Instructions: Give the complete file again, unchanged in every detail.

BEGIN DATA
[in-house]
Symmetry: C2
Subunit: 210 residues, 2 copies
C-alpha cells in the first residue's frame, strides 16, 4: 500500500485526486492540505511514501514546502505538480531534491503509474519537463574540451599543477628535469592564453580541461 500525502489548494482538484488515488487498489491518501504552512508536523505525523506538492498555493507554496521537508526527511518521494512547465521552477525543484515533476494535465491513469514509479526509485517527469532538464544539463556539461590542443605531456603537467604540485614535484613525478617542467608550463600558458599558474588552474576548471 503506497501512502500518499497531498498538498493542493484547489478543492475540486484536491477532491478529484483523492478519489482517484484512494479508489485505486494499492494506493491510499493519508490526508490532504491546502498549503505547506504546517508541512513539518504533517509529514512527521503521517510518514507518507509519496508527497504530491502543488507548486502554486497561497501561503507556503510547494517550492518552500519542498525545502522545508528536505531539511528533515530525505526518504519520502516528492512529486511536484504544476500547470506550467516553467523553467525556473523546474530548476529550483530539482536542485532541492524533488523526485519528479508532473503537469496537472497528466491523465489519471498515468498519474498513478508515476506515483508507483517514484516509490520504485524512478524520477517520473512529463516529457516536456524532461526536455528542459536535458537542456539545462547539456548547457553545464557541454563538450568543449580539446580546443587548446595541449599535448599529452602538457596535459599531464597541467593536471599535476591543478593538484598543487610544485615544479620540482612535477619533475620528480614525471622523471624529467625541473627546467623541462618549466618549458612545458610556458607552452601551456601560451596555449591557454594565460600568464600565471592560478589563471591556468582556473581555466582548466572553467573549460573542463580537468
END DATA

[in-house]
Symmetry: C2
Subunit: 210 residues, 2 copies
C-alpha cells in the first residue's frame, strides 16, 4: 500500500485526486492540505511514501514546502505538480531534491503509474519537463574540451599543477628535469592564453580541461 500525502489548494482538484488515488487498489491518501504552512508536523505525523506538492498555493507554496521537508526527511518521494512547465521552477525543484515533476494535465491513469514509479526509485517527469532538464544539463556539461590542443605531456603537467604540485614535484613525478617542467608550463600558458599558474588552474576548471 503506497501512502500518499497531498498538498493542493484547489478543492475540486484536491477532491478529484483523492478519489482517484484512494479508489485505486494499492494506493491510499493519508490526508490532504491546502498549503505547506504546517508541512513539518504533517509529514512527521503521517510518514507518507509519496508527497504530491502543488507548486502554486497561497501561503507556503510547494517550492518552500519542498525545502522545508528536505531539511528533515530525505526518504519520502516528492512529486511536484504544476500547470506550467516553467523553467525556473523546474530548476529550483530539482536542485532541492524533488523526485519528479508532473503537469496537472497528466491523465489519471498515468498519474498513478508515476506515483508507483517514484516509490520504485524512478524520477517520473512529463516529457516536456524532461526536455528542459536535458537542456539545462547539456548547457553545464557541454563538450568543449580539446580546443587548446595541449599535448599529452602538457596535459599531464597541467593536471599535476591543478593538484598543487610544485615544479620540482612535477619533475620528480614525471622523471624529467625541473627546467623541462618549466618549458612545458610556458607552452601551456601560451596555449591557454594565460600568464600565471592560478589563471591556468582556473581555466582548466572553467573549460573542463580537468